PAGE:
Victorious in Suffering
By Randy Hurst
Apr. 7, 2013
The people pictured on the opposite page are our brothers and sisters — members of the AG in northeastern Congo.
They live in a refugee camp and worship in an open field. They have no church building. Their homes are makeshift hovels.
Before escaping to the camp, their lives were affected by horrific, ongoing violence, mass rape and murder. They are among hundreds of thousands of Congolese who have been displaced.
Across northeastern Congo, rebel groups invade villages and homes, terrorizing people through unspeakable cruelty. Children are abducted and forced to serve in the ongoing civil war. Since the conflict began in 1998, an estimated 5.4 million people have died from the effects these relentless attacks and the malnutrition, disease and brokenness these invasions have caused.
The extent of the mass murders and sexual violence for which the rebel groups are responsible is incalculable. Western media, however, have grossly underreported or virtually ignored this major crisis.
Yet even in their great suffering, the spiritual victory of these African believers is poignantly evident in their joyful worship.
Jesus made it clear that suffering is part of following Him.
But having a clear perspective on the suffering church throughout the world is a challenge for Christians in the United States. With the freedoms we enjoy in our own nation, it is hard to identify with believers who live in countries where the church is repressed and even persecuted.
Addressing the subject of suffering in the American church context also requires dealing with the unbiblical extremes of “health and wealth” teaching. In recent decades, many American Christians have happily adopted beliefs that those who have enough faith can live in pain-free prosperity. Suffering has no place in that picture.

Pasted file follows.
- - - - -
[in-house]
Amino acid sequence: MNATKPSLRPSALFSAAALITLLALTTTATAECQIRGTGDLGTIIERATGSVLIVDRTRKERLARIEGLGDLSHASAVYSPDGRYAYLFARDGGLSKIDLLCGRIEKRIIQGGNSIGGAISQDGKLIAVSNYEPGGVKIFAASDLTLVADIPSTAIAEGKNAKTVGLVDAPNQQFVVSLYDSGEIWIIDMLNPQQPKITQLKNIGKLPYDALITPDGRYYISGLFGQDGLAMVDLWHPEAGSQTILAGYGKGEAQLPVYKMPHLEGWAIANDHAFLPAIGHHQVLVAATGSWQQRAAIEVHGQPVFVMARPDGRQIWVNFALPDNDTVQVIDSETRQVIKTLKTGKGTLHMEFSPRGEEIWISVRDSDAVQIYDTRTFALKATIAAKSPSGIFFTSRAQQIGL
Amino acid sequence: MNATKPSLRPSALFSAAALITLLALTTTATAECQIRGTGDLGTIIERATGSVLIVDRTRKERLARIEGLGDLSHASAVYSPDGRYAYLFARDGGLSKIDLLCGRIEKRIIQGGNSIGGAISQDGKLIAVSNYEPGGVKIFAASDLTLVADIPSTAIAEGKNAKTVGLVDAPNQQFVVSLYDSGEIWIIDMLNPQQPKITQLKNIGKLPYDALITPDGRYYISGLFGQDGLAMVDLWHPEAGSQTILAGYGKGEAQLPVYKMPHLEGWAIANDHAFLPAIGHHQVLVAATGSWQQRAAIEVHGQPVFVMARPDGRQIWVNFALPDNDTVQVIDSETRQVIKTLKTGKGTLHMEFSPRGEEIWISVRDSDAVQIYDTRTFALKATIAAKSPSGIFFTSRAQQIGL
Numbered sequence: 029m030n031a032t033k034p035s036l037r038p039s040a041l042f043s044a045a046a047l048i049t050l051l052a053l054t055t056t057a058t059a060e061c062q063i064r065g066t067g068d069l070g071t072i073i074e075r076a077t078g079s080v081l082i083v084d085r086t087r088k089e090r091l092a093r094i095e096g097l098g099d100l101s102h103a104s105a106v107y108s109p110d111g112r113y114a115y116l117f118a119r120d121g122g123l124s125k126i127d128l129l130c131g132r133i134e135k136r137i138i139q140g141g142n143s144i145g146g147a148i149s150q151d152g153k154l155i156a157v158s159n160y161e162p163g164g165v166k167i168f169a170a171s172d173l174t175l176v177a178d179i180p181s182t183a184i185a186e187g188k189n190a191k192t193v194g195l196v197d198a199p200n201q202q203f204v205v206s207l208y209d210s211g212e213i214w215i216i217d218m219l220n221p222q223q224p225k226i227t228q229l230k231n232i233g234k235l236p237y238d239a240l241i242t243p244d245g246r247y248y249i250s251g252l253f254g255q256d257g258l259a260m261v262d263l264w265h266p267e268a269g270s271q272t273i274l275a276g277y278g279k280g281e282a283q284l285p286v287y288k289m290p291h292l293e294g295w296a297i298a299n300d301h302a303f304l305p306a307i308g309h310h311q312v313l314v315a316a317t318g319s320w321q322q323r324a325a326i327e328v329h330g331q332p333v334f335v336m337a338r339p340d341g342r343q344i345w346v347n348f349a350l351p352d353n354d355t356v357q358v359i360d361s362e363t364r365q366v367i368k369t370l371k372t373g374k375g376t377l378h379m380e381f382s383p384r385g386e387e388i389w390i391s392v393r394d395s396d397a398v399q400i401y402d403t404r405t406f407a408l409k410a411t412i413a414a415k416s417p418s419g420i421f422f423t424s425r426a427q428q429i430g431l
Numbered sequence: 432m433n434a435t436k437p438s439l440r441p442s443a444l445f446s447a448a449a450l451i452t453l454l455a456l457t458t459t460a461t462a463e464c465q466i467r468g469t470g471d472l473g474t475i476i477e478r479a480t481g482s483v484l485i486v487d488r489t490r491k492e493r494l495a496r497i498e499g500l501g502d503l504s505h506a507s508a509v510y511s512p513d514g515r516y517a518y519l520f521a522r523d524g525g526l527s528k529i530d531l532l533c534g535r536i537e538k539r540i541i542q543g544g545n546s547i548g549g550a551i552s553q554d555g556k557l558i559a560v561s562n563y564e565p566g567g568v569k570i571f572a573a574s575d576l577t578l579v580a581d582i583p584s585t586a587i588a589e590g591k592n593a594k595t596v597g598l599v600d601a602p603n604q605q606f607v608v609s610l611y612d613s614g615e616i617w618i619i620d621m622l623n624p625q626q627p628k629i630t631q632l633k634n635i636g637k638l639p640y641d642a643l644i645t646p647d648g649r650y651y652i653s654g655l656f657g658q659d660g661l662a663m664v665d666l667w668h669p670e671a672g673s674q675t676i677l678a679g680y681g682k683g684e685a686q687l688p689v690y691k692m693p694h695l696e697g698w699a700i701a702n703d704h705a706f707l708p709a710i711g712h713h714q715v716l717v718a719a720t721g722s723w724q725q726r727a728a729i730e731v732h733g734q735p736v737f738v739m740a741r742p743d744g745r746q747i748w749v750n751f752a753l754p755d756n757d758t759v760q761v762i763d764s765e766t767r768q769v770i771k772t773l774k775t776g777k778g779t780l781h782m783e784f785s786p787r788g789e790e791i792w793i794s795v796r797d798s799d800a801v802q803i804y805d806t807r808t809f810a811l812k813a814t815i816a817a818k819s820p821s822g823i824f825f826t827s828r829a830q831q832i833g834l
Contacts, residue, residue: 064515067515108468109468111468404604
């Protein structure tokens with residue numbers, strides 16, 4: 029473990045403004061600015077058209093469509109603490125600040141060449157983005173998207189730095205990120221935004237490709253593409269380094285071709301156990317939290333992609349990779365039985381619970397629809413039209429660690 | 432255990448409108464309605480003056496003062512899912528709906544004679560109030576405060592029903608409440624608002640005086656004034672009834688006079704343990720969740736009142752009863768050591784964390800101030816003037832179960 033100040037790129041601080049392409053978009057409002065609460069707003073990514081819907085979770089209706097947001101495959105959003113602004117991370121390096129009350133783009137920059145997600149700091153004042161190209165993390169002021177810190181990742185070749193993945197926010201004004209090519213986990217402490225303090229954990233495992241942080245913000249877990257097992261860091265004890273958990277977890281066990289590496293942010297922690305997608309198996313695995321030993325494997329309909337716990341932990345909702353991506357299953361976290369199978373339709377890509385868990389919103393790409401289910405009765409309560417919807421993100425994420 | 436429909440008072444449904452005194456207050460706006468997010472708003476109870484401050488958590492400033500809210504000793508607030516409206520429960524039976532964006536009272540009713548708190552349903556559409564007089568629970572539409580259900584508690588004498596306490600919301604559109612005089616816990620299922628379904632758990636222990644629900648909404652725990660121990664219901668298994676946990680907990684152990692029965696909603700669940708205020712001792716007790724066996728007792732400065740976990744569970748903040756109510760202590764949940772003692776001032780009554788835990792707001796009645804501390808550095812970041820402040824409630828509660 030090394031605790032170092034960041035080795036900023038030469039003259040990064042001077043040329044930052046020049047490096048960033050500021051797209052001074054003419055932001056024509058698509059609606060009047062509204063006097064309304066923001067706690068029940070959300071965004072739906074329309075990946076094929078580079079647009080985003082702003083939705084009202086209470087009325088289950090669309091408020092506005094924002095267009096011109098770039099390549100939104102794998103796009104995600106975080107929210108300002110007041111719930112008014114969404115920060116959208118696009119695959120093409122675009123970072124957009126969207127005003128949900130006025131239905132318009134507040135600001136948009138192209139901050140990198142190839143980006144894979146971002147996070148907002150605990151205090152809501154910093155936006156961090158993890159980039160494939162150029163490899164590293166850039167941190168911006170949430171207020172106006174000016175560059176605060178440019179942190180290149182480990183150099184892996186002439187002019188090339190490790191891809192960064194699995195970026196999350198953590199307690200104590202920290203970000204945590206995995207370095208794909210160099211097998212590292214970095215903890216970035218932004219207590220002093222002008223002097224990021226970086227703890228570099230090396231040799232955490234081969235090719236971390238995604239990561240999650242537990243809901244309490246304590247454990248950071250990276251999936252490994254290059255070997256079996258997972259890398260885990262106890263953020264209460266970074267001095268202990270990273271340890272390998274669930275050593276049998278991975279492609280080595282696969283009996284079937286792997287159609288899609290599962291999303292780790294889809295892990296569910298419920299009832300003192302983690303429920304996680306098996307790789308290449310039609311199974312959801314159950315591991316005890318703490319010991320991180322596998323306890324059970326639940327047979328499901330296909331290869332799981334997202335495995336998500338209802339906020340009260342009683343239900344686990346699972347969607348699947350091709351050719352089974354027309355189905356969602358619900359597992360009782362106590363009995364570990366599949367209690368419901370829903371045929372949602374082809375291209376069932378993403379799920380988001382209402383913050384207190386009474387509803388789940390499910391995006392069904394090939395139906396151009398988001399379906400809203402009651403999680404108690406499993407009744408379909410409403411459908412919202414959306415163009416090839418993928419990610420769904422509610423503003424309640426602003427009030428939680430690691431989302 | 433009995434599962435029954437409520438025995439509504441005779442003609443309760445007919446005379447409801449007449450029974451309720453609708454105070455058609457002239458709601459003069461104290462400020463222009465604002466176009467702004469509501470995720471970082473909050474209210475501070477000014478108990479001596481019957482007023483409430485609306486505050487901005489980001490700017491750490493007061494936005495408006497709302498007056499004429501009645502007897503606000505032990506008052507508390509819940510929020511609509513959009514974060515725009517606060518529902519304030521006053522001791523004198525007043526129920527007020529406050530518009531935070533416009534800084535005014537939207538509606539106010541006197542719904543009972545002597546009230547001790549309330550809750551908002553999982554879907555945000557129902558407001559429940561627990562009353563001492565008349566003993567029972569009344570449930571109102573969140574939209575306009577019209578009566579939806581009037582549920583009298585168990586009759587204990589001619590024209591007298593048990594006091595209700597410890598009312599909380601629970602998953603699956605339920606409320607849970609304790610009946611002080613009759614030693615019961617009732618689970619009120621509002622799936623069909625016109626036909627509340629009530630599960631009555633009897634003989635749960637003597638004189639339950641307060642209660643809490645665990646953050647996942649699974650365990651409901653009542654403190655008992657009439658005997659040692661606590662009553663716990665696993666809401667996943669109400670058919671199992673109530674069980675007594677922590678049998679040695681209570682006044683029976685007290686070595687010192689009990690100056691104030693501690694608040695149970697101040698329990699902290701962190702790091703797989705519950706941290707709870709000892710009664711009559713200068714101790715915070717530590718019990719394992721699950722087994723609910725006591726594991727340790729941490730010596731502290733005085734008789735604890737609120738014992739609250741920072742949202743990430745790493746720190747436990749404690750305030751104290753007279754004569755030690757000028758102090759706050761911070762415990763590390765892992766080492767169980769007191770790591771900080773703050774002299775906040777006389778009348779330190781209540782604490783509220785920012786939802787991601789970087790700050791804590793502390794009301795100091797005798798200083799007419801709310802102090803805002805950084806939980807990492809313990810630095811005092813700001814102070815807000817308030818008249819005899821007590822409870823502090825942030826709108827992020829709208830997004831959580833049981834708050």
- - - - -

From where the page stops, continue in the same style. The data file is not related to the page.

Regardless of motive, partial or distorted truth is still essentially untrue. And to tell followers of Christ who are suffering unjustly for His name that their suffering is caused by a lack of faith is to add appalling insult to undeserved injury.
In many parts of the world, political and religious extremists of all kinds turn against Christians and the church with hostility and even violence. As believers follow the Lord in obedience, their faith and lifestyles will be in direct contrast to worldly, political ideologies and pagan religions.
Jesus promised that His followers would suffer. If our hearts reflect the heart of our Lord, we will be aware of suffering believers and care enough to do all we can to help them … identifying with those who are our spiritual family.
We must and will speak out and do all we can to defend the human rights of Christians who are violated, and we will pray for the release of those who are imprisoned. We will also pray that God will sustain them as they endure and glorify Christ, even in their suffering.
Mehdi Dibaj, an AG pastor in Iran who was martyred for his faith in 1994, said, “It is a terrible waste for a Christian to die a natural death.” That statement is very difficult for us to understand and even harder to accept. But, Dibaj’s words echo Hebrews 11:35: “Others were tortured, not accepting their release, so that they might obtain a better resurrection” (NASB).
As we pray for our suffering brothers and sisters in Christ throughout the world, we must trust God’s wisdom, grace, power and unfathomable love for all who suffer for His name. He will accomplish His purposes and enable His faithful servants to be victorious in suffering.
RANDY HURST is director of AGWM Communications.
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